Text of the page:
(photo credit: INGIMAGE)
If BDS activists around the world get hold of the book Israeli Innovations – Breakthrough Products that Changed the World, they will have a lot more divesting to do – this time to their own discomfort as they discard products in their possession that have Israeli components or are totally Israeli in concept, content and manufacture.
The bi-lingual book, produced in English and Hebrew by the Ministry of Economy and Industry was released on Sunday at an event at the President’s Residence, where ten giants of Israeli Industry were honored with leadership awards within the framework of Israel’s 70th anniversary celebrations.
Every year the The Ministry for Economy and Industry, in conjunction with the Manufacturers Association and the Israel Export Institute, holds a ceremony at the President’s Residence to present awards to industrialists in categories of different sized companies based on their success in the previous year, but never in living memory has the hall been as crowded as it was on Sunday.
The awards reflected the fact that although women may have broken through the glass ceiling in professions such as medicine, science, law, journalism and even real estate development, they are still lagging in the race to become captains of industry.
Only one of the ten honorees was a woman – Maxine Fassberg, the South African-born former General Manager of Intel Israel, who started out as a school teacher in Jerusalem, moved into high tech and became one of the more prominent figures in the industry.
Fassberg – who stepped down in December 2016 – spoke on behalf of all the honorees, saying that what they had all learned, regardless of the industries in which they had built their careers, was that there is no limit to human capabilities. The honors conferred on them she said, really belonged to all the devoted workers in the various plants, without whom Israeli industry would not be where it is today.
THE FIRST of the honorees called to accept a citation was German-born Israel Prize laureate Stef Wertheimer, 91, who fled the Nazis in 1937 and settled in Tel Aviv. He fought in the British Army against the Nazis, and later joined the Palmah and Hagana. In 1952 he founded Iscar, a small metal shop and tool-making plant which mushroomed into an international cutting tools and blades empire, ultimately purchased by Warren Buffet’s Berkshire Hathaway holding company for $2 billion in 2006. Wertheimer has built several industrial parks based on co-existence, education, exports, community and culture.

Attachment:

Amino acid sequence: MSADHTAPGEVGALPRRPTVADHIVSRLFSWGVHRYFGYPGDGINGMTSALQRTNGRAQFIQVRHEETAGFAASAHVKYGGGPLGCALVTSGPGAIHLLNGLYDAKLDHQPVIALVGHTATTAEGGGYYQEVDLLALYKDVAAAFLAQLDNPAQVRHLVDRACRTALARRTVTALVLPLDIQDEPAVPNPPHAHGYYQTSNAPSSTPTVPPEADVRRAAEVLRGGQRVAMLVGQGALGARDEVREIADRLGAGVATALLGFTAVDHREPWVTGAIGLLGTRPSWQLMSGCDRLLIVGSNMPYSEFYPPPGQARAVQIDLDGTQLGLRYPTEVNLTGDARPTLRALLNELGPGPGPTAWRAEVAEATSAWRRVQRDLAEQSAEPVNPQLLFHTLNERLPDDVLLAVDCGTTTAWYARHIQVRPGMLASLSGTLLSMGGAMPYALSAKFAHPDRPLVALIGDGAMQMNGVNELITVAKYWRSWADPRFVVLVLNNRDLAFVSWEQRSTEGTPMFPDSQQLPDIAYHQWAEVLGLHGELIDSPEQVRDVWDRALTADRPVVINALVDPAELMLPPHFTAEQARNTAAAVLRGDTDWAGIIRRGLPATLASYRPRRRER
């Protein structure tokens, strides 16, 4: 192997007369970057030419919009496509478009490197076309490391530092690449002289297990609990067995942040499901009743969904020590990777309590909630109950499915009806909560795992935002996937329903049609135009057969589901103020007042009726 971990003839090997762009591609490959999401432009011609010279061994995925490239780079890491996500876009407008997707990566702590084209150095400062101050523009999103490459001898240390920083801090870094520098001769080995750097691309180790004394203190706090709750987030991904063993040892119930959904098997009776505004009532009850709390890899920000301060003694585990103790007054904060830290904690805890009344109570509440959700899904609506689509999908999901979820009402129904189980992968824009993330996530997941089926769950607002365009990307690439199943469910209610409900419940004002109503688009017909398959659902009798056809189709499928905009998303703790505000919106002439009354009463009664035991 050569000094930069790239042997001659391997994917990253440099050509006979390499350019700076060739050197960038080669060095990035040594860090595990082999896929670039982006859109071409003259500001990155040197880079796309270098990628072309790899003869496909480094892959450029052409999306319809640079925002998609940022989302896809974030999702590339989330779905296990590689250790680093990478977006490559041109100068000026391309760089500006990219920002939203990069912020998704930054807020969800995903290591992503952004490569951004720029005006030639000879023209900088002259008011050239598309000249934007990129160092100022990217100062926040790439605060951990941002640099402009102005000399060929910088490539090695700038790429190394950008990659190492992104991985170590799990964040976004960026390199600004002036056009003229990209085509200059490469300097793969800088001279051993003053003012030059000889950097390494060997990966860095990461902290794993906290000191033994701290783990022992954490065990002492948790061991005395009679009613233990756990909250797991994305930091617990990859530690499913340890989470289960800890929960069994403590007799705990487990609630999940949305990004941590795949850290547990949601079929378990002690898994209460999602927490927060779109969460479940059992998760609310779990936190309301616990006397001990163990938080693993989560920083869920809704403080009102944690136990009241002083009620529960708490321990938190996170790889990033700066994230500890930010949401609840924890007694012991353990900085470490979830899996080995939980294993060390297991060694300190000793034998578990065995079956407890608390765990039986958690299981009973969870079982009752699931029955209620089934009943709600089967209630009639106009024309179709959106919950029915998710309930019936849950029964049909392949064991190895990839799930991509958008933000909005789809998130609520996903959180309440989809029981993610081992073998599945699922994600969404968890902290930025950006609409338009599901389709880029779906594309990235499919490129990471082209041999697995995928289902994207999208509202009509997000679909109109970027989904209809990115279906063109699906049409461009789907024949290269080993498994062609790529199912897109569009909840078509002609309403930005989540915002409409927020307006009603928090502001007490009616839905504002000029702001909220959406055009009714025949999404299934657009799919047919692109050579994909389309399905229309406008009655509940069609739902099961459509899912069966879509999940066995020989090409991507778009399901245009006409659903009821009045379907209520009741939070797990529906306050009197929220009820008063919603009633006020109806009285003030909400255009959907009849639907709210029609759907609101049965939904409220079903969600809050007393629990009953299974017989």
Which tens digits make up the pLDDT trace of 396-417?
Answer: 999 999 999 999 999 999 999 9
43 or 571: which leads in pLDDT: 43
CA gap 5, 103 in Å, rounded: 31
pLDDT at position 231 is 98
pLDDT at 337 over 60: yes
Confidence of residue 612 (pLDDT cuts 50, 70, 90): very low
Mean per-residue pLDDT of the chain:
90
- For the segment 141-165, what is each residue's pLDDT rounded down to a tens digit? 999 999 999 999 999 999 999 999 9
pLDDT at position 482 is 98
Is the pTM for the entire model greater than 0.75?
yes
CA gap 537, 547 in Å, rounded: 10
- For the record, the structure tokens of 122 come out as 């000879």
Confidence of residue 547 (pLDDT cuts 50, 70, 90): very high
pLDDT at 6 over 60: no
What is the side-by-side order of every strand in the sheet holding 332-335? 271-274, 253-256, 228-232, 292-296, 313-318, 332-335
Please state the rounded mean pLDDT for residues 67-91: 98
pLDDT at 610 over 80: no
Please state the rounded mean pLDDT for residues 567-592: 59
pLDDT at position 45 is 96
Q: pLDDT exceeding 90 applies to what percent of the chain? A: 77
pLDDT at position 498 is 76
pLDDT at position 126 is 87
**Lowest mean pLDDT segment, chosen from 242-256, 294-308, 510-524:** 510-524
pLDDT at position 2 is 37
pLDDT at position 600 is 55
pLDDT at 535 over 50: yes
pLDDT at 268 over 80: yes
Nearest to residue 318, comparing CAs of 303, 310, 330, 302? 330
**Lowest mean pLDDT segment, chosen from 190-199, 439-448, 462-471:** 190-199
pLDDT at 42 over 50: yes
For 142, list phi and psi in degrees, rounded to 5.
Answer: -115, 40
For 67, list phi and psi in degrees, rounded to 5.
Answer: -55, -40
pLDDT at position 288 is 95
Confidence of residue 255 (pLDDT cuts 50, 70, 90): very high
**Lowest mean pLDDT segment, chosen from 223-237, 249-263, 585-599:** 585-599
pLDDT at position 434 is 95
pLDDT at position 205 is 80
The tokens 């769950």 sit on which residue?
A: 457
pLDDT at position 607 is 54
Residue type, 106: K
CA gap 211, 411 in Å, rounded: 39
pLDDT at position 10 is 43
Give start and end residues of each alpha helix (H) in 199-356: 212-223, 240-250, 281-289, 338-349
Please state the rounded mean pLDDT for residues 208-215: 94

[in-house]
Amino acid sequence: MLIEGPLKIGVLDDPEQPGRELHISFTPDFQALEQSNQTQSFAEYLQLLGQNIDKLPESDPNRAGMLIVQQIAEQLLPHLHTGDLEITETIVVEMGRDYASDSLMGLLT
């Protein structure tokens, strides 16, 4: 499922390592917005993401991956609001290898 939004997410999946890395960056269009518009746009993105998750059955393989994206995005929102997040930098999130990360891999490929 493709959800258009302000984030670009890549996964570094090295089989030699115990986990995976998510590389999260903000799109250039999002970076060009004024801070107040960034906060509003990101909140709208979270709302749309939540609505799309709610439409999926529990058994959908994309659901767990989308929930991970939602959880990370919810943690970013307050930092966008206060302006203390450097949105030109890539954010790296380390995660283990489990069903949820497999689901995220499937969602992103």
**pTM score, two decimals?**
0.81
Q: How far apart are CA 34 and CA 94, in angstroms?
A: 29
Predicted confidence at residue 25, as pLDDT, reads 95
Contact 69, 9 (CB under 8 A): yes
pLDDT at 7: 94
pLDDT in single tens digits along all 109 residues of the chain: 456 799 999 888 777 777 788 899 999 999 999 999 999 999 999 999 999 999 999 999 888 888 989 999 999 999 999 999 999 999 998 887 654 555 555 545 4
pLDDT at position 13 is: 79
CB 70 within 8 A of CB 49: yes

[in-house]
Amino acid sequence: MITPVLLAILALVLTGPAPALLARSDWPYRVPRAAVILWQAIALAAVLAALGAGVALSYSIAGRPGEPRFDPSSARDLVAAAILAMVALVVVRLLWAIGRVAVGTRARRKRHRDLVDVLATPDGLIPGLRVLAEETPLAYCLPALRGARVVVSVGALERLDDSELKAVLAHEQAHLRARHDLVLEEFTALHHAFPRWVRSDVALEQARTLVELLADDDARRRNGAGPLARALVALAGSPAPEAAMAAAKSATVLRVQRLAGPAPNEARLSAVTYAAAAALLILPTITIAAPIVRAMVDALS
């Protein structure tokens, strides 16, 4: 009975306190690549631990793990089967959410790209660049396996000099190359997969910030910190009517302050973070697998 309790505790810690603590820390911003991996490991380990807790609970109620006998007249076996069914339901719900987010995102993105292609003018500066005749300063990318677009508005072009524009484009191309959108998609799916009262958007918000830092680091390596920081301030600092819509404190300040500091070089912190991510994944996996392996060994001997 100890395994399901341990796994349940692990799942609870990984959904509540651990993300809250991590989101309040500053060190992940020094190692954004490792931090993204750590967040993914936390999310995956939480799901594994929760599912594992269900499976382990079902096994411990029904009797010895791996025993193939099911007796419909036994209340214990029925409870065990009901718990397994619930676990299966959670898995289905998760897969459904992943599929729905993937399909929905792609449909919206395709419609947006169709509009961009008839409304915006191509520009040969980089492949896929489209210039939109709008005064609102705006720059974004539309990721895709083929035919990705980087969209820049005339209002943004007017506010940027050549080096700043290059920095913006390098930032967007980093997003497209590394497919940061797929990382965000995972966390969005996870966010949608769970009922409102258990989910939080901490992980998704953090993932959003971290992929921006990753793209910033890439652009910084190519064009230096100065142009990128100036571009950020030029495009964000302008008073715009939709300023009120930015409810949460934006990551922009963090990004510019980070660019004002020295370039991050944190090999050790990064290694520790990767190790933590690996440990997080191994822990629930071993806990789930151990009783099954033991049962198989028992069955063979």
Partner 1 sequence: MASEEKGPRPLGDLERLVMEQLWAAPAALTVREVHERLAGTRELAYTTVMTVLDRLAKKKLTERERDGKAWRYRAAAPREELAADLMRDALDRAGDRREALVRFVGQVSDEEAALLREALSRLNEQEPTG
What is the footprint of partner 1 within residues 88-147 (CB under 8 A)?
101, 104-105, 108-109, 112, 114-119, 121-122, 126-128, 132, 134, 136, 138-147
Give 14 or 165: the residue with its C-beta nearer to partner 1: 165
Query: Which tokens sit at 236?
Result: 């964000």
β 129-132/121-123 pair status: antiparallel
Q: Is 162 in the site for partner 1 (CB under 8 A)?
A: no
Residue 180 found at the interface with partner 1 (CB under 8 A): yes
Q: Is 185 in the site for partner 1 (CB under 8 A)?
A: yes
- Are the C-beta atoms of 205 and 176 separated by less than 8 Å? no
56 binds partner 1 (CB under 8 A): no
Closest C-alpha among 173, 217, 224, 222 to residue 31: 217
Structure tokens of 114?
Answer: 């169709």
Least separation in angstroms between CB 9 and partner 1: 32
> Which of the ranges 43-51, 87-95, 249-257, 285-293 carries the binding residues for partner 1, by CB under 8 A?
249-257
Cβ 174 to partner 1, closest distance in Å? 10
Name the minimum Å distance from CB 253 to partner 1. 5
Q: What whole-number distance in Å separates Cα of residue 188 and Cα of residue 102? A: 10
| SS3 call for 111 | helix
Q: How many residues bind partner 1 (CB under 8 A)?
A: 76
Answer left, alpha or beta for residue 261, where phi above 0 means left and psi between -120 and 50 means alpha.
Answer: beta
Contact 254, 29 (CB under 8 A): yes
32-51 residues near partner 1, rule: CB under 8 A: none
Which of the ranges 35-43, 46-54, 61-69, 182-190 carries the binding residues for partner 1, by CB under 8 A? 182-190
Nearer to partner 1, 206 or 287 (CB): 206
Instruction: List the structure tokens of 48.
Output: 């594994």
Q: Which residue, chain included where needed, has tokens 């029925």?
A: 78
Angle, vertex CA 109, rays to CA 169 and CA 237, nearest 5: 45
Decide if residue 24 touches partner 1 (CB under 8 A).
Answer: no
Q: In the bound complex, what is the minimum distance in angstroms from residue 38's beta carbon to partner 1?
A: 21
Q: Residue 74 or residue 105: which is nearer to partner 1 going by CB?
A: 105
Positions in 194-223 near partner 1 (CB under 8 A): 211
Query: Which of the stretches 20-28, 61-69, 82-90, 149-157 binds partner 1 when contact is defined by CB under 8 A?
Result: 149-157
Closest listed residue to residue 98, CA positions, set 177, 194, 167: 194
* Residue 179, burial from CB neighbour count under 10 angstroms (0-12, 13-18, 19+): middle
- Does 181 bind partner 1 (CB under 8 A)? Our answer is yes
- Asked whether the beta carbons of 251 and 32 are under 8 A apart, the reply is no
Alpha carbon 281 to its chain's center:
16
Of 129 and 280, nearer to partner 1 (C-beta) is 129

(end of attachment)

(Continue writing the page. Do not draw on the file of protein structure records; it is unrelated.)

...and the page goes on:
Other honorees included high-tech investor Yossi Vardi; Dan Propper, CEO of the Osem group of companies; Sami Sagol of Keter Plastic, the majority of which was sold in 2016 to BC Partners for 1.4 billion Euros; Yehudas and Zohar Zisapel, founders of RAD Technologies; Giora Ackerstein, Chairman of the Board and CEO of Ackerstein Stone Industries; Nazareth-born Technion graduates Reem and Imad Younis, co-founders of Alpha Omega, a global technological leader in Neuroscience and Functional Neurosurgery equipment; Dr. Shimon Eckhouse, founder of Syneron which develops aesthetic medical devices; and South African-born Morris Kahn, the media-shy billionaire who founded Golden Pages Israel, invested in Amdocs, is part owner of the Aurec Group and has other significant investments. He is also a major philanthropist who has given handsome sums to some 150 institutions and causes.
All are major supporters of projects designed to make the world a better place. Sagol, for example, established a brain research center at Tel Aviv University.
Economics Minister Eli Cohen said that Israel’s industry was one of the foundations of the state and that the dedication, investment and work of industrialists are what built the country and its economy.
President Reuven Rivlin said that new immigrants, native Israelis, Jews and Arabs imbued with blessed Israeli audacity and chutzpah have turned tiny Israel into an industrial, technological and innovative powerhouse.
Despite their diversity, he observed, the industries are linked by a thick cord of responsibility that the industrialists took upon themselves – to create places of employment and to integrate people from all strains of society, to provide for coming generations. “Industry builds a nation,” he said “not only through profitable companies and innovative products, but first and foremost through people.”
Indeed, this was evident in the hall which was packed from wall to wall with proud industrialists who had come to honor their pioneers, and whose sustained applause as each name was called was significantly more than merely being polite.
Also at the event, the Israel Export Institute was replaced by the Israel Innovation Authority.
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